Marine invaders ride tsunami garbage from Asia to the Americas
On March 11th, 2011, a 9.1 magnitude undersea earthquake took place off the coast of Japan, resulting in a devastating tsunami. As a result, millions of objects ranging from small plastic items, crates, buoys, fishing vessels and even two 180-ton concrete docks were swept out to sea. Many of those items ended up on the shores of Hawaii as well as the western United States and British Columbia
New research by Dr. James Carlton, a marine ecologist from Williams College at the Mystic Seaport Maritime Studies Program in Connecticut, has found that nearly 300 different coastal marine species have crossed the Pacific by hitching a ride on that debris. Most of those species arrived alive on the field of largely man-made debris. They included several species of fish, as well as clams, barnacles, mussels, sponges, mollusks and many other invertebrate species that are not know in North America. The researchers speculate that there is still a large number of 'rafting' species yet to be identified.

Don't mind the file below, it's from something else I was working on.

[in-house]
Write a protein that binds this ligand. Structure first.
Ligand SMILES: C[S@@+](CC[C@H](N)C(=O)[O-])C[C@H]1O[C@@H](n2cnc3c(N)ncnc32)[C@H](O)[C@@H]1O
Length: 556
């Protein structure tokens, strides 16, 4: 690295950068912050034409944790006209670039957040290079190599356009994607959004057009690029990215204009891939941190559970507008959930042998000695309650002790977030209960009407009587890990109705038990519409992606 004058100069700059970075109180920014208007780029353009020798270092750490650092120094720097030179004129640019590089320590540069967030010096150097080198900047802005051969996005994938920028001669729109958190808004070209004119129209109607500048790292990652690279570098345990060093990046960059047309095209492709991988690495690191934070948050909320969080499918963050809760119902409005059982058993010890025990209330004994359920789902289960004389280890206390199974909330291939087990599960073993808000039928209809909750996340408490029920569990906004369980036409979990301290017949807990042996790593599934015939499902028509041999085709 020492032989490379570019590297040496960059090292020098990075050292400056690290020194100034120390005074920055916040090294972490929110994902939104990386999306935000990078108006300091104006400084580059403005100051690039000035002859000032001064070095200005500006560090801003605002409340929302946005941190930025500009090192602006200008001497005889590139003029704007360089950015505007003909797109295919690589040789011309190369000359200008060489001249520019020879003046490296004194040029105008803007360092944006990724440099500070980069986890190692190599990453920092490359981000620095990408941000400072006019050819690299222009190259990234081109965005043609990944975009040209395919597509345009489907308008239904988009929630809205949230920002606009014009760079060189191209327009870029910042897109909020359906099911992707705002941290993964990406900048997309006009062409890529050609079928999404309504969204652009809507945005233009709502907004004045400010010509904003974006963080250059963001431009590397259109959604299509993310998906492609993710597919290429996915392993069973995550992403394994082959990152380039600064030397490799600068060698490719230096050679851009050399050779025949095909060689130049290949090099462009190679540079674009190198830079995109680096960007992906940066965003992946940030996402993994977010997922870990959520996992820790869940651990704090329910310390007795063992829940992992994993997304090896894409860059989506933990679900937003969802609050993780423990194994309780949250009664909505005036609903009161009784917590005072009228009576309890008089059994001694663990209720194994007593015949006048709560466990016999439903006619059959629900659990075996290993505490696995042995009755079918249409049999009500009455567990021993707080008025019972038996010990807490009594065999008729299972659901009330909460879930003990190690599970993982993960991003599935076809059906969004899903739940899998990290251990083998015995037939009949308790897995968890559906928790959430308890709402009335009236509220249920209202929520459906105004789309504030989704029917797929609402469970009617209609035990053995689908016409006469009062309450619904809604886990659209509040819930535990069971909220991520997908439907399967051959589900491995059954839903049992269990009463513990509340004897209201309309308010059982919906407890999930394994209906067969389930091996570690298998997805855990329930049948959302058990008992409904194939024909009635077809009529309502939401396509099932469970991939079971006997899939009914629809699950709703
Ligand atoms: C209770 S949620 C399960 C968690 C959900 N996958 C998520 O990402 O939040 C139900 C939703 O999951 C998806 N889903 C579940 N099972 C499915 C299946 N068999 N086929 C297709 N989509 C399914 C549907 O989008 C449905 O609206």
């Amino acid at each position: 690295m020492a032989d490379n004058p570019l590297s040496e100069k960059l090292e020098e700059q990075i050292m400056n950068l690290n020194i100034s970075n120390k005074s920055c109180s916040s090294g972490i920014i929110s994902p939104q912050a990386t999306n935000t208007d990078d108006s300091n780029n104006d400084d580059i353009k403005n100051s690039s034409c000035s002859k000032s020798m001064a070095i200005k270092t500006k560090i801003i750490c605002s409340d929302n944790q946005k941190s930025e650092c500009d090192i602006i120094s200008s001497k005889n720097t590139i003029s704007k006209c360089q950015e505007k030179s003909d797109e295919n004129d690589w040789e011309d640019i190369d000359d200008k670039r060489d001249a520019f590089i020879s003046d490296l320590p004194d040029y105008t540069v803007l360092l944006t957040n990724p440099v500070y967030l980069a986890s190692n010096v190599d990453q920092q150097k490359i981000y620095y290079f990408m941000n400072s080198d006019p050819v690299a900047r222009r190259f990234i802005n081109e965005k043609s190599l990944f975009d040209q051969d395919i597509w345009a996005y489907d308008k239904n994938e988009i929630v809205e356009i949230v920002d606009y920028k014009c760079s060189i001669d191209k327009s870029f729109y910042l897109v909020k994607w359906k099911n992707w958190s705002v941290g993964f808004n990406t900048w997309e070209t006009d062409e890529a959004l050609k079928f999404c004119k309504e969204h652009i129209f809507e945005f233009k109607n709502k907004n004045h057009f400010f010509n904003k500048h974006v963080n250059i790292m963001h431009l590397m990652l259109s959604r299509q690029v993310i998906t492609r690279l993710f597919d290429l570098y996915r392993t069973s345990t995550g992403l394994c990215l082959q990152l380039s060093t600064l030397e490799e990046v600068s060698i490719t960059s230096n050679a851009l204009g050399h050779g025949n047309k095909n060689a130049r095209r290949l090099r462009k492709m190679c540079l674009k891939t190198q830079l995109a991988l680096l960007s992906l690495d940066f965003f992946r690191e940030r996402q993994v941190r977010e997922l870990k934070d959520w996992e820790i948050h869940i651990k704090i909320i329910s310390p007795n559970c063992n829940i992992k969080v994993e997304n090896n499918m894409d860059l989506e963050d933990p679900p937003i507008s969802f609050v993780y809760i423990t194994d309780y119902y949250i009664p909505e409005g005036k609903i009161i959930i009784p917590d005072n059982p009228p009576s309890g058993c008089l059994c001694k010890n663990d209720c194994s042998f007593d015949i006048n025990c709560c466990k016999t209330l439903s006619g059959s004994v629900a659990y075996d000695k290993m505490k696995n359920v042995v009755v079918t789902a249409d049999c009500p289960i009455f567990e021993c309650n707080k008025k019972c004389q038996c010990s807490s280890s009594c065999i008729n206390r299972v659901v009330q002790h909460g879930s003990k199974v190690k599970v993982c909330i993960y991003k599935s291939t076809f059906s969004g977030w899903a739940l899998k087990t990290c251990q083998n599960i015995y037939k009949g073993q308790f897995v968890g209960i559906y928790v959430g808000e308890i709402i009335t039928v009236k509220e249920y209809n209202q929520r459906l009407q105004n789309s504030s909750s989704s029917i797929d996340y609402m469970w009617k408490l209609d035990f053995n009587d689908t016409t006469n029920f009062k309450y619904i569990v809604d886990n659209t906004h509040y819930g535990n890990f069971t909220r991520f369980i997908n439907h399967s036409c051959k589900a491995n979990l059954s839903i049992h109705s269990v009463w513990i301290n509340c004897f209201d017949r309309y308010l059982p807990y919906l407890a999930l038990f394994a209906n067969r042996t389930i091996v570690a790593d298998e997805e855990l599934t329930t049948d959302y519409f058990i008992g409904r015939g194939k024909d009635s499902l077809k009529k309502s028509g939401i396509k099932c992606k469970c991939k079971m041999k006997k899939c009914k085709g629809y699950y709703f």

- Research paper in Science- Tsunami-driven rafting: Transoceanic species dispersal and implications for marine biogeography
What's at stake?
Although it is too early to tell if any of those species have established a population, the concern is that there is potential for any number of those invertebrates to become invasive. By studying how these species have been redistributed across the Pacific on the large field of tsunami debris, they suggest that the increase in number of storms such as hurricanes, will contribute to the problem of potentially harmful marine species migration.